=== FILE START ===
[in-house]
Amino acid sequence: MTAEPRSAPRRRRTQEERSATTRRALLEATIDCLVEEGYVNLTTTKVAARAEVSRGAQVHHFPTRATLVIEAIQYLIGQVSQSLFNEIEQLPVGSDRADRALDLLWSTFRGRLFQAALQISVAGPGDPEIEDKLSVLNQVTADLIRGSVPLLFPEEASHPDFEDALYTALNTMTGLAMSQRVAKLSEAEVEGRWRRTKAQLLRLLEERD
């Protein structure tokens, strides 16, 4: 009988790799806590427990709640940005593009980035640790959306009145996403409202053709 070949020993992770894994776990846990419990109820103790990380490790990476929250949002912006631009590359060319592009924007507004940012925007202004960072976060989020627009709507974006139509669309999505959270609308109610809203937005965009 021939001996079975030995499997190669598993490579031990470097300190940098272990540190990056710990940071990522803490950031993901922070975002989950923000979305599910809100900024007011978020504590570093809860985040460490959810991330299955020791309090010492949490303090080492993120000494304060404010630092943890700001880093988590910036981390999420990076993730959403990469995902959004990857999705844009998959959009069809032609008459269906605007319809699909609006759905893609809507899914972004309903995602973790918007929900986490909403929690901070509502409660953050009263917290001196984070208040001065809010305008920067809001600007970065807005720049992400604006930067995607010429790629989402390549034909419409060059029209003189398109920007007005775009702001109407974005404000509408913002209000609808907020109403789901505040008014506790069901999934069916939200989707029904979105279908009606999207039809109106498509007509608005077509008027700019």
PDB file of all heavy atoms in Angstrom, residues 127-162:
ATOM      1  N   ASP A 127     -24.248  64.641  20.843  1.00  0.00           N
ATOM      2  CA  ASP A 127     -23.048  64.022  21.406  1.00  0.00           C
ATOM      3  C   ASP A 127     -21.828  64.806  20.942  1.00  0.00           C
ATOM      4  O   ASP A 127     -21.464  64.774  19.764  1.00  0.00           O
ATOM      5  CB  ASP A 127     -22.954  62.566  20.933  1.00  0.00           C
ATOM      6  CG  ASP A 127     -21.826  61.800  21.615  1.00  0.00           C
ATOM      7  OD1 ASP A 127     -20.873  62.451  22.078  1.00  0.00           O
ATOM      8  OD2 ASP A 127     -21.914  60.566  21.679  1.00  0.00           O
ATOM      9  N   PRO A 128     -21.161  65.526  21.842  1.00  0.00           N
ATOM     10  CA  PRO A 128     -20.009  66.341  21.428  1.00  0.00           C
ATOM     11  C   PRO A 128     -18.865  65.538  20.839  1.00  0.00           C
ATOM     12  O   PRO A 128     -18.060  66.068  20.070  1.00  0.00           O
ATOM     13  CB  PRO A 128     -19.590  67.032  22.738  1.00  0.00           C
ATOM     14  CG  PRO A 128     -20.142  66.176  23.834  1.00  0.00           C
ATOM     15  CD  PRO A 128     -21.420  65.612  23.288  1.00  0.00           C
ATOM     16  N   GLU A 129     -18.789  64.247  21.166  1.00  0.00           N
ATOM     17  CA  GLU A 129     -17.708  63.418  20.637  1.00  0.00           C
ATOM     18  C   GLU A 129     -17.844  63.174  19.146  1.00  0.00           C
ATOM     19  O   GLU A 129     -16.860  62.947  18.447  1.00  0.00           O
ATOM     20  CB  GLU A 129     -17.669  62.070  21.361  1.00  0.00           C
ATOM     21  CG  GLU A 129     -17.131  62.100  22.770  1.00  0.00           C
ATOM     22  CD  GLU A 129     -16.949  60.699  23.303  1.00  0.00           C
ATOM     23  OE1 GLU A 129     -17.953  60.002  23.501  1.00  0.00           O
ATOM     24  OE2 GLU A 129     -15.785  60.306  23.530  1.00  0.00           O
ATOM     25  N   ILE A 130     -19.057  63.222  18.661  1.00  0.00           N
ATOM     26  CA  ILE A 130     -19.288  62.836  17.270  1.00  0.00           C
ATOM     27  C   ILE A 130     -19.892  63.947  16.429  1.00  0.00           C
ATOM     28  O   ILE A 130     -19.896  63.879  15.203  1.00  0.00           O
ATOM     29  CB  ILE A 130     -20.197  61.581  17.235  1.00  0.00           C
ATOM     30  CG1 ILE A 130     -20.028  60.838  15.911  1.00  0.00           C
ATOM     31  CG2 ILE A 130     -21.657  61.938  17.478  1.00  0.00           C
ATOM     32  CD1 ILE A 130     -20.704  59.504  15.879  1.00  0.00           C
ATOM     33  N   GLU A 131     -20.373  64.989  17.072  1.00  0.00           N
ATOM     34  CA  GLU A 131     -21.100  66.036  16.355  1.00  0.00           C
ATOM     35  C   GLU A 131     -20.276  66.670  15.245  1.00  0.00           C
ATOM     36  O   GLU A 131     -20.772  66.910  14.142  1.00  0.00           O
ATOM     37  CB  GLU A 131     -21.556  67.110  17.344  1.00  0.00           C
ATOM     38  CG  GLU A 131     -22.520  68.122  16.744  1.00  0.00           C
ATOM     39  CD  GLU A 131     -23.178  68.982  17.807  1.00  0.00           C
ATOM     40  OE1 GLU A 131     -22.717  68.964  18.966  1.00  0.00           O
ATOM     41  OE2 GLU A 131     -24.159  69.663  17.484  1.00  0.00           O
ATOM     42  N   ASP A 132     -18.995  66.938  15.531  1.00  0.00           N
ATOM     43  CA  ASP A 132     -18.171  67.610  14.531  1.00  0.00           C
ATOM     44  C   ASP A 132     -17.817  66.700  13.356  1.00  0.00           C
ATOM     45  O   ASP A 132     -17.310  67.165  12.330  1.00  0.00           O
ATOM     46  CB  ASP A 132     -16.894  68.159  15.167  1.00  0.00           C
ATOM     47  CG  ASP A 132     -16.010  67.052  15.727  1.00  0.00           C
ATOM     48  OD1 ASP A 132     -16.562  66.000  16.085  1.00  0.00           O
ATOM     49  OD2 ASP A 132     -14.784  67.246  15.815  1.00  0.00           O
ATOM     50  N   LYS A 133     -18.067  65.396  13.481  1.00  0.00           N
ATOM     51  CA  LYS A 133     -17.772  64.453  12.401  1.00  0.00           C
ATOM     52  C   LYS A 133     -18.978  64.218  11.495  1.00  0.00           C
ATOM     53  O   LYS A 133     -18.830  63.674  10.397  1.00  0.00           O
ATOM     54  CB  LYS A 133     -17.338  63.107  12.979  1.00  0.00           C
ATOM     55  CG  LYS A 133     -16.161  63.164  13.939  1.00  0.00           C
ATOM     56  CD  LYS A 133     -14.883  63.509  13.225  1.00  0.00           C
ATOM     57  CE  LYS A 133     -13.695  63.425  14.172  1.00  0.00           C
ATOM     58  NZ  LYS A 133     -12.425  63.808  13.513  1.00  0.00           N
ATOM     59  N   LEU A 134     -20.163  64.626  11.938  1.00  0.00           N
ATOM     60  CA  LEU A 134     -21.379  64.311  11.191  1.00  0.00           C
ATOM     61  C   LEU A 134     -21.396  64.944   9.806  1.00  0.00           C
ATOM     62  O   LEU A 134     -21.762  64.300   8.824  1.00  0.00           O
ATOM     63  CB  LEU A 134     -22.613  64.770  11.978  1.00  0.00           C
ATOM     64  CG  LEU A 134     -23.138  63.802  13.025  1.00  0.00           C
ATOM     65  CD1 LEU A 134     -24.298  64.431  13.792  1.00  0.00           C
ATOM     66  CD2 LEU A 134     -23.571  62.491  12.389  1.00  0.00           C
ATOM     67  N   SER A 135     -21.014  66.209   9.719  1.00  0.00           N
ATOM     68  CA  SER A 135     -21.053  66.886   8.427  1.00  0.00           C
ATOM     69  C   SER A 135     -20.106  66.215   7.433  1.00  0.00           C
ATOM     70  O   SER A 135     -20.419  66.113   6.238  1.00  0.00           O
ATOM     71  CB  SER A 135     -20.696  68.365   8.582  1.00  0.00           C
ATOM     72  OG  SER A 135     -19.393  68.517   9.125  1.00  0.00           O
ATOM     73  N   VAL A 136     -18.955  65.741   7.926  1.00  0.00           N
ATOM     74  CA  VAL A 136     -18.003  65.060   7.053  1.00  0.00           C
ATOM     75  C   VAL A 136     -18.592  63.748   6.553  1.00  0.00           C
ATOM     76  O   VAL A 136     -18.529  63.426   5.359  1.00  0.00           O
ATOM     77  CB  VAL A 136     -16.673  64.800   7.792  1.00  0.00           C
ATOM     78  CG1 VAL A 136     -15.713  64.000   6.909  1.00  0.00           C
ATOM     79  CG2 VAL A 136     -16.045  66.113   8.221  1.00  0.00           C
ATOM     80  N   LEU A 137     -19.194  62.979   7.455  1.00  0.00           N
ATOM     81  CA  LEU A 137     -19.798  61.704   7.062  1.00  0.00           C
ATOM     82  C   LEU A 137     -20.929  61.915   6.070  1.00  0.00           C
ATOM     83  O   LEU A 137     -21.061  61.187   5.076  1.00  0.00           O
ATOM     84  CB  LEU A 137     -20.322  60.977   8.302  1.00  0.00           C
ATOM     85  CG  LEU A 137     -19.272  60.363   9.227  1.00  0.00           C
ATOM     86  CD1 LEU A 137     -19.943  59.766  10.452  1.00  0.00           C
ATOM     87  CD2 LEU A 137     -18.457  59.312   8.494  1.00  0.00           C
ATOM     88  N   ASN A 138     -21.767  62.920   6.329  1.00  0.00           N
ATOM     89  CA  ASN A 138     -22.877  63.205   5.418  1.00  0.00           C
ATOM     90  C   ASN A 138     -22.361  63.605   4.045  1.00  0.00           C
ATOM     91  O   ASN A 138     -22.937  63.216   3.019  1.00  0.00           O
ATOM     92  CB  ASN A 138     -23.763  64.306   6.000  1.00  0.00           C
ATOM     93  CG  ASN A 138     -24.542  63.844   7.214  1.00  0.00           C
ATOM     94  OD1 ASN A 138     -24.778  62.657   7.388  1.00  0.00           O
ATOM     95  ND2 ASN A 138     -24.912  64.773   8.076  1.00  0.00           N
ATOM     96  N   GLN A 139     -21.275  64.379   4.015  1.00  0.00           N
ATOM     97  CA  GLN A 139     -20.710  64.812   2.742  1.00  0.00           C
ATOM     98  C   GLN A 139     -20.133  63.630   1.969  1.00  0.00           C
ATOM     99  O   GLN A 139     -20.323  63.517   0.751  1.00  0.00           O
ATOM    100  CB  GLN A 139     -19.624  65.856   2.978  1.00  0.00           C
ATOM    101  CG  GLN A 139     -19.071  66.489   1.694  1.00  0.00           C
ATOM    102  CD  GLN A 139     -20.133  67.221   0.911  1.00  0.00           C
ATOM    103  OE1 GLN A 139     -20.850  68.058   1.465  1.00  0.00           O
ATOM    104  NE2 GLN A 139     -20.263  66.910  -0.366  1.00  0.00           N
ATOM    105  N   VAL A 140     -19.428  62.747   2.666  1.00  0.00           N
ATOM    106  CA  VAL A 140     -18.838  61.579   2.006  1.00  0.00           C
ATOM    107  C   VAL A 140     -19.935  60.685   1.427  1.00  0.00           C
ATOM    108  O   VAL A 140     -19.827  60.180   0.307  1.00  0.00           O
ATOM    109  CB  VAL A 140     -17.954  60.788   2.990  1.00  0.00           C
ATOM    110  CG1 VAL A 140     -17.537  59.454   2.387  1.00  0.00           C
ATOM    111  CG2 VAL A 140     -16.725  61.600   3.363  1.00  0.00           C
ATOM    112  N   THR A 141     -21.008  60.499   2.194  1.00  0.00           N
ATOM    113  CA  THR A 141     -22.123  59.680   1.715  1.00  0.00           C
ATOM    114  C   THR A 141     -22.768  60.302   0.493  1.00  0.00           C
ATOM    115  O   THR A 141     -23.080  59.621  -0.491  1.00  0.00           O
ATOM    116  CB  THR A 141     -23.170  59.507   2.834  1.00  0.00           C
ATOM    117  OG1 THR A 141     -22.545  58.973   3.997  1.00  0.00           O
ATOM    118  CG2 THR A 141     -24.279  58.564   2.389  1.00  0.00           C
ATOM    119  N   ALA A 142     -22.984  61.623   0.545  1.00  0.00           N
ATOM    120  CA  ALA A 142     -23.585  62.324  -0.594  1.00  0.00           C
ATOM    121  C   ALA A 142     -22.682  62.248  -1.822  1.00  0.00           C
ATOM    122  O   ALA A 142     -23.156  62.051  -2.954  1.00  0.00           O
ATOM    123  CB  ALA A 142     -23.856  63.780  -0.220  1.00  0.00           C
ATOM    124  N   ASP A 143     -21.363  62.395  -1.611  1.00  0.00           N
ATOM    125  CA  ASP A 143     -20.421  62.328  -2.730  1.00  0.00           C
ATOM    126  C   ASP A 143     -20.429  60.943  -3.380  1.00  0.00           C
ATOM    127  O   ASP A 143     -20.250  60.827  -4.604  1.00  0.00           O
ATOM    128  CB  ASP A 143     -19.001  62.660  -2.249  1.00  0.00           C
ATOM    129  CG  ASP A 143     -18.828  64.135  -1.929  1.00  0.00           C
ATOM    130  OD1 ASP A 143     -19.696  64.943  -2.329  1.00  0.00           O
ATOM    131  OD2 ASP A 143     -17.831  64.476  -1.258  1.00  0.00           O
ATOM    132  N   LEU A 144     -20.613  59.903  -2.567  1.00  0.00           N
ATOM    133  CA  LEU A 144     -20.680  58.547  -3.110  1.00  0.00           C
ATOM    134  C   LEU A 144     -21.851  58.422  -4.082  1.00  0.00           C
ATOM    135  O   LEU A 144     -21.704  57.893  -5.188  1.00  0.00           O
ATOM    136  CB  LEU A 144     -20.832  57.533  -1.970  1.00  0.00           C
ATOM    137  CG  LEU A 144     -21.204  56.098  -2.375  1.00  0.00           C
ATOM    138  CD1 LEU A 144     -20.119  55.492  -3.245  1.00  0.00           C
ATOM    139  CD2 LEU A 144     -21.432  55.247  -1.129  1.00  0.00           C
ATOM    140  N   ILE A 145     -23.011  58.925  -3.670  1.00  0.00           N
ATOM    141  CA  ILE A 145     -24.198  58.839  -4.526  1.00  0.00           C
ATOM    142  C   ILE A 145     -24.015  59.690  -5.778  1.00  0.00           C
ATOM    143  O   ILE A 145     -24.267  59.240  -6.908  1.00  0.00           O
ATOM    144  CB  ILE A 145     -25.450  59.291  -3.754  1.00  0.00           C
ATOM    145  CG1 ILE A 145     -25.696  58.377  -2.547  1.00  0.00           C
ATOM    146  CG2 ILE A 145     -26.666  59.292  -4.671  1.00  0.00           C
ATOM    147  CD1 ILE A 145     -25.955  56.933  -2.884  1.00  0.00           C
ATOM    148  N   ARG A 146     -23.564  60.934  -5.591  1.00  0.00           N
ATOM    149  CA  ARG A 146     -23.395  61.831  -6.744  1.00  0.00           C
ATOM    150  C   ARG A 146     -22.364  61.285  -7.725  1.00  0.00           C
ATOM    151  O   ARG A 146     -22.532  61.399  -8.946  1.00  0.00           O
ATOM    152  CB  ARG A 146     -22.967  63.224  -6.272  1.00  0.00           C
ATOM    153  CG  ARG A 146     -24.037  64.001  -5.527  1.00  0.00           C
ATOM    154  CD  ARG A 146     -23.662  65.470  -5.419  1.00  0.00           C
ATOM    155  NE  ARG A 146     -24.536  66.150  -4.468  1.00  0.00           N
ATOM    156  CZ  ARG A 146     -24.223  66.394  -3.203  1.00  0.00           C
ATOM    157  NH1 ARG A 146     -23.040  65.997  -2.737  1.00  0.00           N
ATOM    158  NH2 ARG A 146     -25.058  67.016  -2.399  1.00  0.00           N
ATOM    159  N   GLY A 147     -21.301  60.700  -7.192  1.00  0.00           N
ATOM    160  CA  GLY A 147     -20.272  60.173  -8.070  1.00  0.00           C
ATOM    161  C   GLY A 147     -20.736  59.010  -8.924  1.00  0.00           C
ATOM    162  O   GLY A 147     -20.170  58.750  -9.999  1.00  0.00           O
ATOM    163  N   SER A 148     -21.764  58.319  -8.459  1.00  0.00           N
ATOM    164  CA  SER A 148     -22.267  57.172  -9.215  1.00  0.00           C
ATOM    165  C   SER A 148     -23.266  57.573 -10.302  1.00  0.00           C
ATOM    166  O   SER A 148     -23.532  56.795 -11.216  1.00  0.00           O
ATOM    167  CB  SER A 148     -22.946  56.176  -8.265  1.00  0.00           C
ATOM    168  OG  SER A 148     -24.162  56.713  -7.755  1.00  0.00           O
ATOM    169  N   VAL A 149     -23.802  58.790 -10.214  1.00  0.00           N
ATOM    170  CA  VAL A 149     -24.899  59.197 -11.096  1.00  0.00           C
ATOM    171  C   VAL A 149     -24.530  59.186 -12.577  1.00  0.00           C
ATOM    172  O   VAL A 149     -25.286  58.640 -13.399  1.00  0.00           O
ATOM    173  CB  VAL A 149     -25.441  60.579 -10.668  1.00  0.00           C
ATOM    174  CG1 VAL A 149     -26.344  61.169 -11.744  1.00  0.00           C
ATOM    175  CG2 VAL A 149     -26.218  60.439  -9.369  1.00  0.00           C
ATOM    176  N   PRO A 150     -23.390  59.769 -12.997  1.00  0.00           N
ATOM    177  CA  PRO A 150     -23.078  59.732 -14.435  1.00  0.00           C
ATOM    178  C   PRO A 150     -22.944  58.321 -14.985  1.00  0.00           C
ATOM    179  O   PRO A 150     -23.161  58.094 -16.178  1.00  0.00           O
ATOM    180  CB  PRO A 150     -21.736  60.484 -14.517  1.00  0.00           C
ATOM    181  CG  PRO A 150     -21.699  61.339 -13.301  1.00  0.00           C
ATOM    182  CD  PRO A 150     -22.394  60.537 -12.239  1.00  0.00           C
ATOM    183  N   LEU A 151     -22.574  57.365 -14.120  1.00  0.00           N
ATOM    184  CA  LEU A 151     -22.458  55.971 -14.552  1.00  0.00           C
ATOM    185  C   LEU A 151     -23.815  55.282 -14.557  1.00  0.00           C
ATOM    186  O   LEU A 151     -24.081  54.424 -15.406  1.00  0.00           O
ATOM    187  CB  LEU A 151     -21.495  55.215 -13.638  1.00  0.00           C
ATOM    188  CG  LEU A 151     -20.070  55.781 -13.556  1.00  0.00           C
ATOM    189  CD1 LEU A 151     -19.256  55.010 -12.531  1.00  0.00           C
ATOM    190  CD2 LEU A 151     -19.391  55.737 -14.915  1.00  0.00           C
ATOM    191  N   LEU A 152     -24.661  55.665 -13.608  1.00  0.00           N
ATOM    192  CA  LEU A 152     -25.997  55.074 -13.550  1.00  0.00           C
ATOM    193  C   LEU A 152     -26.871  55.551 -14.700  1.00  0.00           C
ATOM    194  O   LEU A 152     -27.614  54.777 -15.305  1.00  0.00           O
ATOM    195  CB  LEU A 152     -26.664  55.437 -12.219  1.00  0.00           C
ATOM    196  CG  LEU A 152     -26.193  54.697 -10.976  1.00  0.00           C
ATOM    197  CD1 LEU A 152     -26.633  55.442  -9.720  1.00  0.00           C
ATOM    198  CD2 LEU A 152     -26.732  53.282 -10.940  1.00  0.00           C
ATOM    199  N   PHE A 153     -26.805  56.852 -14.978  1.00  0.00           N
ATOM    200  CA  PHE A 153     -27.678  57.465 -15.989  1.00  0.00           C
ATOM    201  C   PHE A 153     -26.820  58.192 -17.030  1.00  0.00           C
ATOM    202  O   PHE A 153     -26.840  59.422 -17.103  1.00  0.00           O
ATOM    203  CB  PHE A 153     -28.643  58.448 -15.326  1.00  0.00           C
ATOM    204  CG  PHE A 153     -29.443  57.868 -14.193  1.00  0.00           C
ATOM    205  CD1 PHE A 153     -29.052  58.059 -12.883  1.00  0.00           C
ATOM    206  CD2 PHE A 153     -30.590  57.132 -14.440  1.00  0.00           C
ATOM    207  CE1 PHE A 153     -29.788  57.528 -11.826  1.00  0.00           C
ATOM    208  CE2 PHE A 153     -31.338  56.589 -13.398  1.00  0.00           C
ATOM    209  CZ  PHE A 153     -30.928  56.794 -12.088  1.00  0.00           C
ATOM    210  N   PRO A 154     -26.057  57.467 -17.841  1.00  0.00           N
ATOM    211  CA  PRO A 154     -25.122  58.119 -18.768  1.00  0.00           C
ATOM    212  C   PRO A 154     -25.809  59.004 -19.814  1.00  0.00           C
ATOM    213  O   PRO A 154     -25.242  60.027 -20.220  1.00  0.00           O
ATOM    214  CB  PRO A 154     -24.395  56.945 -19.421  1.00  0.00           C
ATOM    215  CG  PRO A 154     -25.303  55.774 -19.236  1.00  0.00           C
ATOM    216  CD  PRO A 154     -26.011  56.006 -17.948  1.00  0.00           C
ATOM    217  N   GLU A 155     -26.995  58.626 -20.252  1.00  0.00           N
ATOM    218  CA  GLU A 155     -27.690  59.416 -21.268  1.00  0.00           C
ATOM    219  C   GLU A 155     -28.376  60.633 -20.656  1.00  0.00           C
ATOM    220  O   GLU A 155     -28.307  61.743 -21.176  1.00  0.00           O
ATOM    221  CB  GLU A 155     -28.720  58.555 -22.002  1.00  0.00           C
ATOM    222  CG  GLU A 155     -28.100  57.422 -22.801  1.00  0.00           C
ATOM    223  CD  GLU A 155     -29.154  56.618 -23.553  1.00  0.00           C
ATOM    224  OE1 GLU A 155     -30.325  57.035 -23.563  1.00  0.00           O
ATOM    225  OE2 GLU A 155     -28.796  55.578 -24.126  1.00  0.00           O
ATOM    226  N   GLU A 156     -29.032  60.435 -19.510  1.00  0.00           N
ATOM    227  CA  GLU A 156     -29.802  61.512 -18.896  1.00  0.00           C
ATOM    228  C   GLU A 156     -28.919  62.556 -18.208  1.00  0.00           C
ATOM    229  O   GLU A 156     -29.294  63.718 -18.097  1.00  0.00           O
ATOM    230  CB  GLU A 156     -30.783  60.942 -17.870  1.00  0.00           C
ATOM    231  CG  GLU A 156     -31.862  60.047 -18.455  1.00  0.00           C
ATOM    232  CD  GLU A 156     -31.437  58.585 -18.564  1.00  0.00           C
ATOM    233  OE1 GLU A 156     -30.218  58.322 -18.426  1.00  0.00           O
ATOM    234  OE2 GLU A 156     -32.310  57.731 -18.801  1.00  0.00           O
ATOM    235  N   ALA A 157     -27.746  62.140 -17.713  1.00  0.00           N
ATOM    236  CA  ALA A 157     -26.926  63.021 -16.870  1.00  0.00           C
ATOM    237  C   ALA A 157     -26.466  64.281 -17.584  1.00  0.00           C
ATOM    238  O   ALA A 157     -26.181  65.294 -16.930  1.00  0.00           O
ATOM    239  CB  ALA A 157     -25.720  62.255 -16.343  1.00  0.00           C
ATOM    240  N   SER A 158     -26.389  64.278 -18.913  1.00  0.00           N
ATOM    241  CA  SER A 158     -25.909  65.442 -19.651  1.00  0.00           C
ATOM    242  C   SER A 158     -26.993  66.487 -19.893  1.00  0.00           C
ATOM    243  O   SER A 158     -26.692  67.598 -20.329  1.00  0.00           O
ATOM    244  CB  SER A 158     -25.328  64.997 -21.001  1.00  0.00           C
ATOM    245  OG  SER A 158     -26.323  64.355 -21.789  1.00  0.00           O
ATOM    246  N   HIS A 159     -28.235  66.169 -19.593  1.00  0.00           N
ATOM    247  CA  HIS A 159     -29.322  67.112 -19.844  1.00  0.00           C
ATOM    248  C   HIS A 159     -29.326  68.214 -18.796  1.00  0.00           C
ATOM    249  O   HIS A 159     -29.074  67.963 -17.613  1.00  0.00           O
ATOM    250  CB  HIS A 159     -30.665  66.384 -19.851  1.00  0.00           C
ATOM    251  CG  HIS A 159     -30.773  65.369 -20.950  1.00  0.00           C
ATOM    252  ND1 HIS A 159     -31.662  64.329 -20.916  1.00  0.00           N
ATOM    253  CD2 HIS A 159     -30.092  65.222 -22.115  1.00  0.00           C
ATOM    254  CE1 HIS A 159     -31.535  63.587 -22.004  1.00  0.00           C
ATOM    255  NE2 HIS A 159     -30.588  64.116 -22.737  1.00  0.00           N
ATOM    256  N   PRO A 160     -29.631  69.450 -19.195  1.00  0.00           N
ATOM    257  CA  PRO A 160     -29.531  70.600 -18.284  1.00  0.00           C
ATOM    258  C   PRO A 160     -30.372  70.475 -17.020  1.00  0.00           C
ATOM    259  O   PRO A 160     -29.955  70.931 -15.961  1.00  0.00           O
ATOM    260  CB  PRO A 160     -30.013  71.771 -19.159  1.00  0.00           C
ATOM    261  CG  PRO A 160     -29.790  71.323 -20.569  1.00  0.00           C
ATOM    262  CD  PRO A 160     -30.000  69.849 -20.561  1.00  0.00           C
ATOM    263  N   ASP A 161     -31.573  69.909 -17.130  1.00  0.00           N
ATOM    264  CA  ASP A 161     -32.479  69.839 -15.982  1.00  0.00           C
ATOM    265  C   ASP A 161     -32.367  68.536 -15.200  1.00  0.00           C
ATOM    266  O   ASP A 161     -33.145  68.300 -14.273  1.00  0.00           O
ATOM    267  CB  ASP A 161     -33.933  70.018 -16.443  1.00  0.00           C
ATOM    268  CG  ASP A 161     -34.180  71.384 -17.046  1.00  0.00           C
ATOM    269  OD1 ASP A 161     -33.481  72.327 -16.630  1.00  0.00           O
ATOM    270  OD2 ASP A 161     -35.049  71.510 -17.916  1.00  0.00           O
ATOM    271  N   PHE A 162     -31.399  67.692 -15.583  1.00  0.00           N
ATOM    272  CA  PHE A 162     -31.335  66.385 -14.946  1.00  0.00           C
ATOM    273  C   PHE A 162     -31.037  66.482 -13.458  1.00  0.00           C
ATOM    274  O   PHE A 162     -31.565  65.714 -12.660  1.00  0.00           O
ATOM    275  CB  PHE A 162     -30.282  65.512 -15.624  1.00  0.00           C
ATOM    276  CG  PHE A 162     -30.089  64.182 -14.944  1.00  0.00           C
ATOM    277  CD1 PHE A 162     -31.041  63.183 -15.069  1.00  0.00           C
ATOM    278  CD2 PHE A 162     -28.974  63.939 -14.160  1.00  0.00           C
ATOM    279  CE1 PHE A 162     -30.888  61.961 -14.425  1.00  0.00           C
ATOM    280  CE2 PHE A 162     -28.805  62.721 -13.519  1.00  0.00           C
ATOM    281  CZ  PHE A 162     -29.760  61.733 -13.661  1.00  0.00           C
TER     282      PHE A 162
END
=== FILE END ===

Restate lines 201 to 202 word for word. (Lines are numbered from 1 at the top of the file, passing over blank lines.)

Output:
ATOM    197  CD1 LEU A 152     -26.633  55.442  -9.720  1.00  0.00           C
ATOM    198  CD2 LEU A 152     -26.732  53.282 -10.940  1.00  0.00           C